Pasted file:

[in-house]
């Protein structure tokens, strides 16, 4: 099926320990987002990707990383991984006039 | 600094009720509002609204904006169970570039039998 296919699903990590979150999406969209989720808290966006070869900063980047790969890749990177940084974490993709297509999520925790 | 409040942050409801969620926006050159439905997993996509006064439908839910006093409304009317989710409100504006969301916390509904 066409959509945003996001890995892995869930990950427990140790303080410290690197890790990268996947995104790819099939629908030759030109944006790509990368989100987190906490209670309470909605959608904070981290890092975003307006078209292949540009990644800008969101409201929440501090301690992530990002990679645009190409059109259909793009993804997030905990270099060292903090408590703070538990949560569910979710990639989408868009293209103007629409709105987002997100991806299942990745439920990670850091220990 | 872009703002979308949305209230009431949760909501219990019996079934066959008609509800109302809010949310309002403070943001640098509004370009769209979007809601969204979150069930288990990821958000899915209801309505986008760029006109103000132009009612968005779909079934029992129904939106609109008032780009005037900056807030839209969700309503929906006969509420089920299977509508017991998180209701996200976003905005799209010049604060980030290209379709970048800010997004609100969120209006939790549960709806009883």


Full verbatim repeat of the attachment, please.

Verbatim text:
[in-house]
């Protein structure tokens, strides 16, 4: 099926320990987002990707990383991984006039 | 600094009720509002609204904006169970570039039998 296919699903990590979150999406969209989720808290966006070869900063980047790969890749990177940084974490993709297509999520925790 | 409040942050409801969620926006050159439905997993996509006064439908839910006093409304009317989710409100504006969301916390509904 066409959509945003996001890995892995869930990950427990140790303080410290690197890790990268996947995104790819099939629908030759030109944006790509990368989100987190906490209670309470909605959608904070981290890092975003307006078209292949540009990644800008969101409201929440501090301690992530990002990679645009190409059109259909793009993804997030905990270099060292903090408590703070538990949560569910979710990639989408868009293209103007629409709105987002997100991806299942990745439920990670850091220990 | 872009703002979308949305209230009431949760909501219990019996079934066959008609509800109302809010949310309002403070943001640098509004370009769209979007809601969204979150069930288990990821958000899915209801309505986008760029006109103000132009009612968005779909079934029992129904939106609109008032780009005037900056807030839209969700309503929906006969509420089920299977509508017991998180209701996200976003905005799209010049604060980030290209379709970048800010997004609100969120209006939790549960709806009883």